Is Governor Shumlin throwing local school boards under the bus when it comes to tackling their budgets?
It's a charge from a school board member at the Washington West Supervisory Union who says communities need more help from Montpelier. Many school boards are making budget cuts at a time when property taxes continue to grow. Some say they need more help from the Governor to tackle the challenge.
"So in affect, we feel that Governor Shumlin has really disrespected the people that work around the table to try to delivery fiscally responsible budgets," said Eve Frankel of the Washington West Supervisory Union School Board.
Frankel says balancing a school budget is always tough. And feels the Governor -- is not backing the board.
"The Governor is insisting it is in the power of local school boards to control those costs -- which we feel is a very oversimplified and egregious answer. And, is in fact throwing his local school boards under the bus," said Frankel.
The issue at hand, Frankel says, is finding a way to pay for public education -- while keeping property taxes down. A challenge that some educators say the Governor is leaving up to local school boards to tackle on their own.
"I think by the time the numbers come down from the state, from the Governor's office, from the legislature -- local school boards have to really work hard with numbers that frankly are mostly out of our control," said Rob Williams, Waitsfield School Board Chair.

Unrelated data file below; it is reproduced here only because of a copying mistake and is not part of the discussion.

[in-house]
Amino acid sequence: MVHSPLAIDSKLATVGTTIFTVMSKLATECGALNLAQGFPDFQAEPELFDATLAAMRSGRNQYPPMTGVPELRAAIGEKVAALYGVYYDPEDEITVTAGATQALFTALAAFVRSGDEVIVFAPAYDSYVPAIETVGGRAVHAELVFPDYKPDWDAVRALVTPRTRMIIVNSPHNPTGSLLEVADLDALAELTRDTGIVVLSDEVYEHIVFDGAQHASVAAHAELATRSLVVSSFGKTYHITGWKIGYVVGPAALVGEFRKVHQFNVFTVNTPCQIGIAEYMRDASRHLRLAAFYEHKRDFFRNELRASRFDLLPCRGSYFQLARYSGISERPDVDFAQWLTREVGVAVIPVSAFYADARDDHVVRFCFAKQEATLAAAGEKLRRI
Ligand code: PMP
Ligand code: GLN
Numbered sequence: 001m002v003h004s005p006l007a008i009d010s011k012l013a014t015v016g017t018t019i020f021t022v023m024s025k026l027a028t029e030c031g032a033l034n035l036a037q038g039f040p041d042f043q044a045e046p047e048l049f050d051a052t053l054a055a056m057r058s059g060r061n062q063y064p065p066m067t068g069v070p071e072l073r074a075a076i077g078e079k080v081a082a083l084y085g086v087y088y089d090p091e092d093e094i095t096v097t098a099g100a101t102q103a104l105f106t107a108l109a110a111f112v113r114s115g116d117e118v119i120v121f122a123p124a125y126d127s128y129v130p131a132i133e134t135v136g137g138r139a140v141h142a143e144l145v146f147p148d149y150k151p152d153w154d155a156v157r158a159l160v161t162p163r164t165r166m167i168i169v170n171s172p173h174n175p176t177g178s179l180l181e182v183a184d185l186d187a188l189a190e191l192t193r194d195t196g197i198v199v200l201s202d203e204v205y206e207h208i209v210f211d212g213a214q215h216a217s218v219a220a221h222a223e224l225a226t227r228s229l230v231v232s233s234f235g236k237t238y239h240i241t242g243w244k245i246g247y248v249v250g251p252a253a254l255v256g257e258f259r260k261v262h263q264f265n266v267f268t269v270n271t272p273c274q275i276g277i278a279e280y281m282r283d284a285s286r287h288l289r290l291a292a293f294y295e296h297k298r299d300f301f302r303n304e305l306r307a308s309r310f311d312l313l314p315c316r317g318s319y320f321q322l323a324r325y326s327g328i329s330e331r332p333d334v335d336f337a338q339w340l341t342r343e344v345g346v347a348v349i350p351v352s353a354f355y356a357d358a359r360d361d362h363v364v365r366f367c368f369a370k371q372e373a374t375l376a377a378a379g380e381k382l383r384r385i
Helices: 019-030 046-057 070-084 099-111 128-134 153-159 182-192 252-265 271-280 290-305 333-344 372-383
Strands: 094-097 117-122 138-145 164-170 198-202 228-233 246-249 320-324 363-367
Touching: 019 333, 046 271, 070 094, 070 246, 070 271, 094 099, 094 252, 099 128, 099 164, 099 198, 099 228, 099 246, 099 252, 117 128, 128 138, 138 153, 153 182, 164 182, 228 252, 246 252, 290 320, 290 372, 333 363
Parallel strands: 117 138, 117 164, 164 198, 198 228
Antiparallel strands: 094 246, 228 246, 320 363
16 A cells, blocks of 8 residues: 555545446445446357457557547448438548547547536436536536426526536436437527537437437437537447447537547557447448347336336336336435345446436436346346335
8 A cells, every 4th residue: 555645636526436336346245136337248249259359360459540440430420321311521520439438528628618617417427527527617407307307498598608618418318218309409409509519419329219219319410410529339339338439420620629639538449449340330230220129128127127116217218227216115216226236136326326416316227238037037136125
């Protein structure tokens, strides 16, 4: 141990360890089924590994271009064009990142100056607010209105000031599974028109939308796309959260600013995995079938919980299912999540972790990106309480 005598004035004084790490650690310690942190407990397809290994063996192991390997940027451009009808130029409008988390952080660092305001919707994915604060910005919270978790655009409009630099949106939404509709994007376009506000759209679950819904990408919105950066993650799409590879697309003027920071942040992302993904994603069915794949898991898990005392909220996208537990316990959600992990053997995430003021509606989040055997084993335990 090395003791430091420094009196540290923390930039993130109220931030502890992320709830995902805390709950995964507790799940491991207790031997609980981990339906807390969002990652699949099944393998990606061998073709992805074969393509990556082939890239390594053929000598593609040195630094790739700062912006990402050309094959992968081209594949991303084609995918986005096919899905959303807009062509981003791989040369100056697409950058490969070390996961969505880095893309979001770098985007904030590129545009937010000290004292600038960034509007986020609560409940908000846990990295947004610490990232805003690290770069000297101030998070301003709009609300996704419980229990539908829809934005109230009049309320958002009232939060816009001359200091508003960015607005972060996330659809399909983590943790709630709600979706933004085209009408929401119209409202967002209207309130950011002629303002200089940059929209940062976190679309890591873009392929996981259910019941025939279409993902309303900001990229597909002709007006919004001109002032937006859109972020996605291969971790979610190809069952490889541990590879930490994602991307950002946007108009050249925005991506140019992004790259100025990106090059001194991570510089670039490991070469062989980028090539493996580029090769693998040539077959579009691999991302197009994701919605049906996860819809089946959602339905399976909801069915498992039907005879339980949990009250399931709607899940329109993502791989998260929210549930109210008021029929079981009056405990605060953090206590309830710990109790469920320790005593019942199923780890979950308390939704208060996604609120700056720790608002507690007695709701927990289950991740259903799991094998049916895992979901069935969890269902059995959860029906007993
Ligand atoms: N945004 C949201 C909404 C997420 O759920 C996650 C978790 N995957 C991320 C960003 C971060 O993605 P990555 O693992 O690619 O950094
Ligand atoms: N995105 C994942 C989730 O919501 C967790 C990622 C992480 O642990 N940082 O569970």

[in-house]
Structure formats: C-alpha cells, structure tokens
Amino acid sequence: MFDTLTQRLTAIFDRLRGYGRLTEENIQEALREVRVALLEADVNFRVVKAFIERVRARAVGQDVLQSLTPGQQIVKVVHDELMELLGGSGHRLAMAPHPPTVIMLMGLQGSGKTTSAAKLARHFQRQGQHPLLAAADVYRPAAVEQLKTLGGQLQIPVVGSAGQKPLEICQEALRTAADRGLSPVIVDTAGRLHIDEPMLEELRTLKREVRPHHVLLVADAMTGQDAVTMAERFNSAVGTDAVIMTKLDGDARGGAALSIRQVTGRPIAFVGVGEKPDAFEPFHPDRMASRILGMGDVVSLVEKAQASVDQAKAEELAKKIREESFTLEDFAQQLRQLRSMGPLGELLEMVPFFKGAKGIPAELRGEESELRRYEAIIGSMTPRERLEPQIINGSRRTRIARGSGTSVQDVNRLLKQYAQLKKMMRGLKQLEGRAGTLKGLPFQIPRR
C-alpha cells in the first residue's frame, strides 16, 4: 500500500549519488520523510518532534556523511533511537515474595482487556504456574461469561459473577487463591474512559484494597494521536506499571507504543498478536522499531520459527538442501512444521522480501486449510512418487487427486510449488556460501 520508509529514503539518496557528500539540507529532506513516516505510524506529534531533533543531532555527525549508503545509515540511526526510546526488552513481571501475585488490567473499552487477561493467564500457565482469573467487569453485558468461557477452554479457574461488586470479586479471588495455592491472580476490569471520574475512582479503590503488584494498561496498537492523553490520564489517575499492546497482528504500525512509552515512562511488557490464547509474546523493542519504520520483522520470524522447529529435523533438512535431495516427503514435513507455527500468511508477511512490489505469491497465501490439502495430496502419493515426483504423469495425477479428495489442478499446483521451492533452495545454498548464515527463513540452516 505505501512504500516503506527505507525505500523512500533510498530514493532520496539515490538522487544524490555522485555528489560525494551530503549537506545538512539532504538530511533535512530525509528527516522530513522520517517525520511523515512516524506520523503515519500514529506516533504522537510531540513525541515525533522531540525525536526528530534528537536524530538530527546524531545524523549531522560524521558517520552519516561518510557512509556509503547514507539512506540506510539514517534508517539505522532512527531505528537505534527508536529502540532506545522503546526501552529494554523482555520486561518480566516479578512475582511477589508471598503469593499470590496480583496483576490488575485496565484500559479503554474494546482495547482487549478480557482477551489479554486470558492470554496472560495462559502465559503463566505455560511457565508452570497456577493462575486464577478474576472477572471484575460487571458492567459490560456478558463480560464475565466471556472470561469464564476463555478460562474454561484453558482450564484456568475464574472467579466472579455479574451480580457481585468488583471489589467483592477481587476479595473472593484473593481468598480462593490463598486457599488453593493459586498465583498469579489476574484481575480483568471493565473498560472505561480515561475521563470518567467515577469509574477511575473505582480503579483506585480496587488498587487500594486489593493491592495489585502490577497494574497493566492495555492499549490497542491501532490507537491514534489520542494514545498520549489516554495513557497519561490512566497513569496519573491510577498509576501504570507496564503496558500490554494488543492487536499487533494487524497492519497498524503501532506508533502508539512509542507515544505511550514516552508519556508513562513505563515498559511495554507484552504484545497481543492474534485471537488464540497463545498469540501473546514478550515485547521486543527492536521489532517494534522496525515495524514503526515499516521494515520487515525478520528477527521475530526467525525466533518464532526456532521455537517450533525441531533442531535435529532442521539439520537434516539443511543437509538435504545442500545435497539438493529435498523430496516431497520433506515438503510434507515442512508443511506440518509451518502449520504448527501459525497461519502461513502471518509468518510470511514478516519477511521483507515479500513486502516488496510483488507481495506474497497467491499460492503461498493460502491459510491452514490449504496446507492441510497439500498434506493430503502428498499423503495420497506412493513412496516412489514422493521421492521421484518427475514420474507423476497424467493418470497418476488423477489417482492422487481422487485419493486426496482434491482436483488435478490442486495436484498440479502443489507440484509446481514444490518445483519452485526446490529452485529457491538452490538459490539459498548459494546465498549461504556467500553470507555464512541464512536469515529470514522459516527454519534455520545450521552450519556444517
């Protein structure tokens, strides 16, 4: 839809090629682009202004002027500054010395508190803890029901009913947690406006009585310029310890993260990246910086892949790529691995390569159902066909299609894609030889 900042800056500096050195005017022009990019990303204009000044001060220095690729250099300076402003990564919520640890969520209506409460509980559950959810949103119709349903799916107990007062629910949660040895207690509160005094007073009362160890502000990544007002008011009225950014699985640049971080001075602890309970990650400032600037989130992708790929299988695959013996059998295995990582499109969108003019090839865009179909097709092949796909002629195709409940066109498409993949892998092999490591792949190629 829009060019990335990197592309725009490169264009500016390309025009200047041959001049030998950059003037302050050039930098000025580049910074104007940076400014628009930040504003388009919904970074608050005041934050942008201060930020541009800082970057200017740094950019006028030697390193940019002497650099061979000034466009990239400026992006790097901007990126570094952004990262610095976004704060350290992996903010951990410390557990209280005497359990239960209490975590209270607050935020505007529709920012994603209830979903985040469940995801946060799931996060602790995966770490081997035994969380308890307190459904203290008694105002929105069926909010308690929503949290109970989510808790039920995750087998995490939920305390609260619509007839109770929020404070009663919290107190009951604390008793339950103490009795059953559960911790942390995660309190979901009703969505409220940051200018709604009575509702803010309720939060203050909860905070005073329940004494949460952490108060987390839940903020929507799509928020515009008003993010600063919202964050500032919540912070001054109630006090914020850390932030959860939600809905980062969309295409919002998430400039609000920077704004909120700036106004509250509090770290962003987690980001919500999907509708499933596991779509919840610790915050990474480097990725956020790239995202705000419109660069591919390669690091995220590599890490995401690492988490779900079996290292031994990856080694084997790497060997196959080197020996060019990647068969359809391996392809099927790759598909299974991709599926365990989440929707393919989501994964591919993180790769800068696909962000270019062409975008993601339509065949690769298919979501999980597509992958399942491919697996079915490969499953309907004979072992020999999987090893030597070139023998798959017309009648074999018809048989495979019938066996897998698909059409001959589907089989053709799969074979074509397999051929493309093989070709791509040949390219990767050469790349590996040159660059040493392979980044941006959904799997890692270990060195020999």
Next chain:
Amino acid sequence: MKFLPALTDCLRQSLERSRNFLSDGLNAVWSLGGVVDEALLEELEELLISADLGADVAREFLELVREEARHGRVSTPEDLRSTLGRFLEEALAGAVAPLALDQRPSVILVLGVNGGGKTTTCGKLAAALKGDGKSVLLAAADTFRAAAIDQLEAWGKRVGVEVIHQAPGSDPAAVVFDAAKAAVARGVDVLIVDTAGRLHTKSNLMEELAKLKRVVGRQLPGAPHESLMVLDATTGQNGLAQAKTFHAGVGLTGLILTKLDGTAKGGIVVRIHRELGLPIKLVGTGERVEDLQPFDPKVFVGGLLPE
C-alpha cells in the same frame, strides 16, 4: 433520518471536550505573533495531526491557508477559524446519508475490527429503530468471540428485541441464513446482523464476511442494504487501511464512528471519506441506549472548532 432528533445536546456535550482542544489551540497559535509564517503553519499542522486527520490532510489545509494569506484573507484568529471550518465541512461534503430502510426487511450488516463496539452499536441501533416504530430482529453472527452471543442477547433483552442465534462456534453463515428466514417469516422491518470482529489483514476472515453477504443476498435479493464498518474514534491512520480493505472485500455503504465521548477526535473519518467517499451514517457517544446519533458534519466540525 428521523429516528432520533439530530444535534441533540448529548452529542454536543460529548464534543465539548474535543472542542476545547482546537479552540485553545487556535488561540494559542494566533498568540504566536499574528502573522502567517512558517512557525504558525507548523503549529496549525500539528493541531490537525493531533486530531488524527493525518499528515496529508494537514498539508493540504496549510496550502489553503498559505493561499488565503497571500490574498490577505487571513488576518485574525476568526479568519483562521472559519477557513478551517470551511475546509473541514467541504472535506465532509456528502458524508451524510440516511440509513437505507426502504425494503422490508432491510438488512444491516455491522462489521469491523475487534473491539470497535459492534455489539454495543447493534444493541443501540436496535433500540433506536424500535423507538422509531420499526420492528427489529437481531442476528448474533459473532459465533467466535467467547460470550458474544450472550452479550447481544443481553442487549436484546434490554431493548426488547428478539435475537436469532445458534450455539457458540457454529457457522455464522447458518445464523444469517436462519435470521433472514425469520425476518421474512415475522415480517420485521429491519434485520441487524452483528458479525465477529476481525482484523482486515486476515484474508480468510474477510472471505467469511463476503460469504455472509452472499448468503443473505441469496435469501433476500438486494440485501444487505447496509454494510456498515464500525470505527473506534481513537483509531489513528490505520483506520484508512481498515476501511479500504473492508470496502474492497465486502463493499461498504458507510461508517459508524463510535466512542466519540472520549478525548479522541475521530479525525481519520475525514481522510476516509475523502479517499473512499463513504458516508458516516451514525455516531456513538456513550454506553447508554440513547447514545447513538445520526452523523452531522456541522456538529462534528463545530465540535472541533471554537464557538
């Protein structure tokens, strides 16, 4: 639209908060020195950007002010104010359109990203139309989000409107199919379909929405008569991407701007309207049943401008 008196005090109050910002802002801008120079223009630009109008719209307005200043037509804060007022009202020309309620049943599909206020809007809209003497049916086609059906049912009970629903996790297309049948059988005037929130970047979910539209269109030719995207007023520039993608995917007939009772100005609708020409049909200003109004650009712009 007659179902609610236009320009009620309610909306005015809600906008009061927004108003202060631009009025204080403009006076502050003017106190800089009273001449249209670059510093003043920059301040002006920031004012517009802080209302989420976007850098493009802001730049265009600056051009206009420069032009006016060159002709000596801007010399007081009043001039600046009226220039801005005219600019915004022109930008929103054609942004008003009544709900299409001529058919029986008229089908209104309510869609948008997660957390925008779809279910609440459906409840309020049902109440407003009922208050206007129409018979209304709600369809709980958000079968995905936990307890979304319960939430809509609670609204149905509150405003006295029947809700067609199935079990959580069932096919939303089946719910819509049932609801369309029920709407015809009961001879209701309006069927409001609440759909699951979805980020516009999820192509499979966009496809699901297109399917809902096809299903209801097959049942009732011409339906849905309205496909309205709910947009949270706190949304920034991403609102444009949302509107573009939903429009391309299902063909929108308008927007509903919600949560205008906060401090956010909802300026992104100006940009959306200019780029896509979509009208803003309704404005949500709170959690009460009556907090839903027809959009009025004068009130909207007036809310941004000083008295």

Williams says his town is stuck making cuts that could include multiple teaching positions and a French program and he knows his community isn't the only one feeling the pinch.
"I think it is a very similar pressure being felt in all of Vermont's public schools. It's a particularly difficult time I think for school boards and schools around the state. So our position is, I think, pretty representative as Vermont as a whole," said Williams.
Frankel says on behalf of her community and local school boards -- she co-wrote a letter to the Governor expressing their frustration that tackling the budget takes solutions rooted in local school boards and the halls of the capitol.
She has not been alone. Monday the Governor responded to a similar letter from a Duxbury school board member.
"Well you know we are all in this together -- but to suggest the school boards don't play a role in helping to reduce property taxes -- I think is missing the point," said Governor Peter Shumlin.
Shumlin says Vermont is spending more money on education per pupil than most of the nation.
"We are all in this together, everybody has a role to play. We are going to look at the funding system in Montpelier. Meanwhile, it's really important that school boards continue to scrutinize their budgets to find savings, to find deficiencies -- because just to say we can keep spending more than anyone else in the country, have higher property taxes than most -- isn't going to be a solution," said Shumlin.
Frankel says she will be sharing her letter with the Governor Tuesday and hopes it will start a larger conversation about how the whole state can fund public education in the future.